Take the 2-minute tour ×
Stack Overflow is a question and answer site for professional and enthusiast programmers. It's 100% free, no registration required.

I saw that a similar question was asked before, but I don't understand another issue here.

Here are two functions:

(define x 2)
(define a 2)

(define goo
  (lambda (x)
    (display x)
    (lambda (y) (/ x y))))

(define foo
  (let ((f (goo a)))
    (lambda (x)
      (if (= x 0)
          x
          (f x)))))

What is the return value of (foo (foo 0))? What will print out to the screen?

As I understand it, when I run (foo 0) in the beginning, 2 will print out (we will enter the function goo), and the return value will be 0. Then, we will enter the function foo again with (foo (foo 0)) => (foo 0). We again enter the function goo and 2 will print out. But when I run it, 2 is printed just once. I think I'm missing a critical issue about let and its connection to lambda.

share|improve this question

1 Answer 1

up vote 2 down vote accepted

The let inside the definition of foo, and therefore the application of goo to a, is evaluated when foo is defined, not when foo is evaluated.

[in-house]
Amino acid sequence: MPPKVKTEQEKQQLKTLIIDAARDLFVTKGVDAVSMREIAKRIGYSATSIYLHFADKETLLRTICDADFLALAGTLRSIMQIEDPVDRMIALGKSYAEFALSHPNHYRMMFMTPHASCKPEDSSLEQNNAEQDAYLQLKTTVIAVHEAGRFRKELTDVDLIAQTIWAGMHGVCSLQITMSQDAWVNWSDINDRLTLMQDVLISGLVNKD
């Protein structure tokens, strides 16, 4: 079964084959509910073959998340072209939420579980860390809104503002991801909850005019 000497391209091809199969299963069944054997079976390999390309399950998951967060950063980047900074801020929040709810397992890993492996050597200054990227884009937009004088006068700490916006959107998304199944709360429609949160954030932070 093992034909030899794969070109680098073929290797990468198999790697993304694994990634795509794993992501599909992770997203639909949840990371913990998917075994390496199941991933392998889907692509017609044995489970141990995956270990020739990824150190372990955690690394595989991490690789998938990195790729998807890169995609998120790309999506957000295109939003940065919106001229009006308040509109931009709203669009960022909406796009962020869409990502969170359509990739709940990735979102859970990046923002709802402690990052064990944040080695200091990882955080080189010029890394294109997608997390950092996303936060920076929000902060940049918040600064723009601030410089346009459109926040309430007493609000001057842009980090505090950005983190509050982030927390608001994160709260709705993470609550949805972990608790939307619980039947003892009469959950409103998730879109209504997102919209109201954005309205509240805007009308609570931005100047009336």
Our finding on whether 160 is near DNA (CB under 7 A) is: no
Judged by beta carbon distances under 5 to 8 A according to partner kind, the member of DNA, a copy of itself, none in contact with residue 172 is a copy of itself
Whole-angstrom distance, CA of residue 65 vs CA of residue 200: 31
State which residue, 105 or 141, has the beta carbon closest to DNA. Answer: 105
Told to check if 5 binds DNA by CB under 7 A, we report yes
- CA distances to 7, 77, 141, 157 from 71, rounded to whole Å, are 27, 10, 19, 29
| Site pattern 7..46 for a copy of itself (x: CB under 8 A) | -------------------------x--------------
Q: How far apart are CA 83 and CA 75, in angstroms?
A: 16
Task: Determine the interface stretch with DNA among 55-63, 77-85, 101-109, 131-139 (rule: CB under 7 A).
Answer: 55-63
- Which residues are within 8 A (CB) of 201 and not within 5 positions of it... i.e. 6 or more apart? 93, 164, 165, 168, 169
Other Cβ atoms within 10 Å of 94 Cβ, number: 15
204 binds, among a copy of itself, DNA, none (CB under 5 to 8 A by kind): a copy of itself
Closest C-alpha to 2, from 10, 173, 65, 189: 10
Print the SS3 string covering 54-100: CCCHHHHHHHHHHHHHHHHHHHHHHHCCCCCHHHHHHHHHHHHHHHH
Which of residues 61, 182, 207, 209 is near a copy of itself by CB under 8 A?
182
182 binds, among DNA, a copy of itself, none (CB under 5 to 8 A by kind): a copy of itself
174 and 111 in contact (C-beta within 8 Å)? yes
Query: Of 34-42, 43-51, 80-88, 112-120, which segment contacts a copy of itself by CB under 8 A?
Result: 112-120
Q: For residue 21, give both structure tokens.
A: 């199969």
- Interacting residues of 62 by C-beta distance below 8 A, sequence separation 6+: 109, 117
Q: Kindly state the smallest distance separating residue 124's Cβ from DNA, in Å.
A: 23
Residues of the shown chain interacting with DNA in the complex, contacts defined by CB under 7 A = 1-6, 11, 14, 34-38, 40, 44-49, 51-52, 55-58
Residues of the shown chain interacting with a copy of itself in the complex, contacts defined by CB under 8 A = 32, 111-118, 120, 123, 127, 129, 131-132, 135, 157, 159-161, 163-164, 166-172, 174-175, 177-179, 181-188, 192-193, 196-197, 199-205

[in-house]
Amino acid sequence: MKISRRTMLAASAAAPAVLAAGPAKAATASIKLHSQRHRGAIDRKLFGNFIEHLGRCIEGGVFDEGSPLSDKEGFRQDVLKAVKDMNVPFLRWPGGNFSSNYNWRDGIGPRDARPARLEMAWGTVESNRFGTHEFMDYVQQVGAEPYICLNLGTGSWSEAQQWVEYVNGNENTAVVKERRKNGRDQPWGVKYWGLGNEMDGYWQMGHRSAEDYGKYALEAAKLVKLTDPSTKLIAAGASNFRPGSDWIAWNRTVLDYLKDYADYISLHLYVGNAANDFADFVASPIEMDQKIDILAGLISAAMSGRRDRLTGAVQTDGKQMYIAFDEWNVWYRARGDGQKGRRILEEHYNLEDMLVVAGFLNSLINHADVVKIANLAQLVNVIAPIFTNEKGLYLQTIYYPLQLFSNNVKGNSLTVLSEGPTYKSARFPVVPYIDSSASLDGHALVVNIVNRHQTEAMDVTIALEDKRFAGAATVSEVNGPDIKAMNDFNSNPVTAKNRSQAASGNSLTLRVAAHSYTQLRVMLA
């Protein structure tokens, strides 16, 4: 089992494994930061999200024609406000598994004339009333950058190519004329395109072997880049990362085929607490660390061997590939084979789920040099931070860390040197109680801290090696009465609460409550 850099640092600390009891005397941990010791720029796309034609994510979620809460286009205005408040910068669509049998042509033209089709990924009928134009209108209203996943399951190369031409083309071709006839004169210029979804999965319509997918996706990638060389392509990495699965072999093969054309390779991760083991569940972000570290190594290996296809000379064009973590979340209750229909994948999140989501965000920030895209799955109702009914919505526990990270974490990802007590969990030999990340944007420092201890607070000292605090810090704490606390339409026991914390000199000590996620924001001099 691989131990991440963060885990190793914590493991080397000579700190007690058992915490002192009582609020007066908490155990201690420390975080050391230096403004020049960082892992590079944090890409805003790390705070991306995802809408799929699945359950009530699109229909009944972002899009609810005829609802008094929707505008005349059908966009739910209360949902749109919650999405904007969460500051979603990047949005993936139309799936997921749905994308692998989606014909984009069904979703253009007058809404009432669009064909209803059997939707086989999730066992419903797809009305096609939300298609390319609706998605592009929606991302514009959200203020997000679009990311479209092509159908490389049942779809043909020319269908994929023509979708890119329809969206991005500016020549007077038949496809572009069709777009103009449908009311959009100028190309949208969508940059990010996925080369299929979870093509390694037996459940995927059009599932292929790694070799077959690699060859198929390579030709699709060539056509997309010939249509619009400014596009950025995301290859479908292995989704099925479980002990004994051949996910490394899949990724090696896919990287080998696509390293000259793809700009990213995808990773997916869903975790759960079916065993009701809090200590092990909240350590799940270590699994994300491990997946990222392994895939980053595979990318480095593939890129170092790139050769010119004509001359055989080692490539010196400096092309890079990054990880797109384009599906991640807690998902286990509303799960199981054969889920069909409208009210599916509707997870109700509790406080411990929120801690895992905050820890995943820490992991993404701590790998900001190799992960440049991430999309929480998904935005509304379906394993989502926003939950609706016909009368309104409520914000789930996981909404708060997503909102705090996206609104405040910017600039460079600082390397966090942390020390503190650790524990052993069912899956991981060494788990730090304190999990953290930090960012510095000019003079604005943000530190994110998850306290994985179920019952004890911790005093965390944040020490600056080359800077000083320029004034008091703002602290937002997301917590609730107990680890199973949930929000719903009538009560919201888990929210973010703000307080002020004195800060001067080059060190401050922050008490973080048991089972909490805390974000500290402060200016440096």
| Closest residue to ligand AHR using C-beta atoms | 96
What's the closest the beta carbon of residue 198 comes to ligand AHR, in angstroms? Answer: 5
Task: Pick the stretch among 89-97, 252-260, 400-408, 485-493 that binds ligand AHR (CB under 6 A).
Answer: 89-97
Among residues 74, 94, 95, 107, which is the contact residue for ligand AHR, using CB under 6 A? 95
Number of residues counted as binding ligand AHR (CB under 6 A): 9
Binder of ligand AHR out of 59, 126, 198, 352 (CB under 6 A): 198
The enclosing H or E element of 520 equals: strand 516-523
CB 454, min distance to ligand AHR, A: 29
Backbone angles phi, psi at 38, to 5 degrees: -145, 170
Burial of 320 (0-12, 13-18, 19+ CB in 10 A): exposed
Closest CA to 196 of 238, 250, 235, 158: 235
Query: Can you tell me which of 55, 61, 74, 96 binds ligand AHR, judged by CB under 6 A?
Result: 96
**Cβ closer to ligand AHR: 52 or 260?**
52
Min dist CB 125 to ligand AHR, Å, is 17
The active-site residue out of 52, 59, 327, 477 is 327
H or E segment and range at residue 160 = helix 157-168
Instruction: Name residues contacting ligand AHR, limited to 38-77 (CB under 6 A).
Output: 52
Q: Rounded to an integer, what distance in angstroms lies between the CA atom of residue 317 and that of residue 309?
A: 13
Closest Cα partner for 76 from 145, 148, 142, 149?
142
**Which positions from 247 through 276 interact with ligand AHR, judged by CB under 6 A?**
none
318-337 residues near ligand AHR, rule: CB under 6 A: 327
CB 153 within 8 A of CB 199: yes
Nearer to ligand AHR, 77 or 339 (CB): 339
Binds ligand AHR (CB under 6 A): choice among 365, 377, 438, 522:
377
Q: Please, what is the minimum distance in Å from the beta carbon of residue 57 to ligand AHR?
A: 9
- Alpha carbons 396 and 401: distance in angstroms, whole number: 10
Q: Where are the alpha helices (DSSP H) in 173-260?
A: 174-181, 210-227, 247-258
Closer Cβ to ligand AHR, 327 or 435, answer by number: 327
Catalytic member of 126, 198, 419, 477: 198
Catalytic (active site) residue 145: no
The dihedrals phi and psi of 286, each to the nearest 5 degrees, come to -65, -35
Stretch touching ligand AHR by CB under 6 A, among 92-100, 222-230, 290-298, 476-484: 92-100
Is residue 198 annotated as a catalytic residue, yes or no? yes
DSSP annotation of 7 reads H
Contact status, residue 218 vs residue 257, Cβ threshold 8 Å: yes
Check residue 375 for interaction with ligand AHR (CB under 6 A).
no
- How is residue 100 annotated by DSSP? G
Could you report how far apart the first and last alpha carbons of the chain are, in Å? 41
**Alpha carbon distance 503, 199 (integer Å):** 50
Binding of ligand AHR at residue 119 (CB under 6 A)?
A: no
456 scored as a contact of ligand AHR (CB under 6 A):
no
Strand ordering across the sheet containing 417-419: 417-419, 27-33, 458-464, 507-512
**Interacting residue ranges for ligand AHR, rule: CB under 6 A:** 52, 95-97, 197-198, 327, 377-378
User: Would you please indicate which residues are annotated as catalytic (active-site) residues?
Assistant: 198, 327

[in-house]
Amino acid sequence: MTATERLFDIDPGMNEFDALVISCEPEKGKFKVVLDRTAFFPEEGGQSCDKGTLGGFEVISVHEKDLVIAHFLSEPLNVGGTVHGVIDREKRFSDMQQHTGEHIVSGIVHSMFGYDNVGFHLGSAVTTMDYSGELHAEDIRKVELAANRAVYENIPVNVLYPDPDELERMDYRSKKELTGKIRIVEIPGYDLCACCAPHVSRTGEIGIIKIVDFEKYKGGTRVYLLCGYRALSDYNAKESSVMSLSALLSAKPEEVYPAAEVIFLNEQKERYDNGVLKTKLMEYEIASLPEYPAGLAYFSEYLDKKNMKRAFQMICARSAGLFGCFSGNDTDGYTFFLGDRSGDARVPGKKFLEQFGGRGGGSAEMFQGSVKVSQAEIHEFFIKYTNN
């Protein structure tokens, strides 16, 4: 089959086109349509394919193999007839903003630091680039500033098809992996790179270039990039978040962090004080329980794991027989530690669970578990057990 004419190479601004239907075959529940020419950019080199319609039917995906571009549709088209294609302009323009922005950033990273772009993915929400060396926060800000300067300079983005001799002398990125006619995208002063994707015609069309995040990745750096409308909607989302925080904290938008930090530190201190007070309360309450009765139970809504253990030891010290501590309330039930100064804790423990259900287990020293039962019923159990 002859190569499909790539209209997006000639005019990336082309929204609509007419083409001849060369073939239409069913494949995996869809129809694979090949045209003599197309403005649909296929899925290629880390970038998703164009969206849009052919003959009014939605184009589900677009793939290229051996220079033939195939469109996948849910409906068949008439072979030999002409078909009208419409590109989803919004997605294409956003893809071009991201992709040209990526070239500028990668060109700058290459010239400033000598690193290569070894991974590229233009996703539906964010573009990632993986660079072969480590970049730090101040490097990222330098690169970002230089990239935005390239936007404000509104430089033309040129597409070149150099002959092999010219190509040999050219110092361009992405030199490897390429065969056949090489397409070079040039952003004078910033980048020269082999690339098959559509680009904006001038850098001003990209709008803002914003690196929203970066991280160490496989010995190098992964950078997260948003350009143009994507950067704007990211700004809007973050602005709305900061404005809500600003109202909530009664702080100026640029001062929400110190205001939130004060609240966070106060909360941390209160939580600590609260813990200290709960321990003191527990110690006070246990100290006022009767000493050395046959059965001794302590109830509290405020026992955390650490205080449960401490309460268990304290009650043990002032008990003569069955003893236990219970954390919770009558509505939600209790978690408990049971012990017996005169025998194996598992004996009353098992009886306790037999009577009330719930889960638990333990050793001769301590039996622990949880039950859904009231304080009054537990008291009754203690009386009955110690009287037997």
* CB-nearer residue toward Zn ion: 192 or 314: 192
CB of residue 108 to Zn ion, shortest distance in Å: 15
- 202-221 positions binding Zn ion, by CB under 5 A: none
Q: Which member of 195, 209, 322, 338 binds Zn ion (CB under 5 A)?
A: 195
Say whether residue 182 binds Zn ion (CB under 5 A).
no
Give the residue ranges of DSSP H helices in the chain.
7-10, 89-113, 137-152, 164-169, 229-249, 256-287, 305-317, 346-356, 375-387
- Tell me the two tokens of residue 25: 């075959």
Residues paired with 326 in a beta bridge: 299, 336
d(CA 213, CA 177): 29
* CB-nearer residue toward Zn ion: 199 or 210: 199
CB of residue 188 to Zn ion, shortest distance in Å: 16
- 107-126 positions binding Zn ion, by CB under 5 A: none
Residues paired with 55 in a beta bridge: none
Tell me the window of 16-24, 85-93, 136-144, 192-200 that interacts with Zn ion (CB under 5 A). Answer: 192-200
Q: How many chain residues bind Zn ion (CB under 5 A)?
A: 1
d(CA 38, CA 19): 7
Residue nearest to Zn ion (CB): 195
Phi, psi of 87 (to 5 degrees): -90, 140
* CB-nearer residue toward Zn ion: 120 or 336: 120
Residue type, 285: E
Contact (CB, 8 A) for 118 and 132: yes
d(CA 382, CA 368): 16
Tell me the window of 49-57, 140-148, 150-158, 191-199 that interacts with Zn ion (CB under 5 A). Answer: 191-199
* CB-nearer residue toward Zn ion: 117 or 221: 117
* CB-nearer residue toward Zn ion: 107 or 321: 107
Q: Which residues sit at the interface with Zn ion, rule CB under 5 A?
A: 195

Look at it this way: what is the value of foo? It is the lambda expression. The binding of f is closed over by foo, it is not "redone" every time foo is evaluated.

Edit: here's an example without lambdas

> (let ((x (sqrt 2))) (* x 3))
4.24264068711929
> (define bar (let ((x (sqrt 2))) (* x 3)))
> bar
4.24264068711929
>        

When you evaluate bar you are not calling sqrt again. bar is defined as the body of the let, in this case a number that is the result if an expression.

In your example the body of the let is a lambda expression. But just like my example, the let binding is not re-executed.

share|improve this answer
    
Tank u. But the body of the "let" is: (lambda (x) (if (= x 0) x (f x))) meaning - I have to enter the let every time I evaluated "foo". Because that, I have also enter the function "goo" (re-defind). What Im missing? –  Tom Apr 23 '11 at 15:38
    
You evaluate f again when x is non-zero; but f is the result of evaluating (goo a) when foo is defined; f is already bound, it is not rebound every time you execute foo. –  Doug Currie Apr 23 '11 at 15:52
    
See my edit above with an example that might help you. –  Doug Currie Apr 23 '11 at 16:03

Your Answer

 
discard

By posting your answer, you agree to the privacy policy and terms of service.

Not the answer you're looking for? Browse other questions tagged or ask your own question.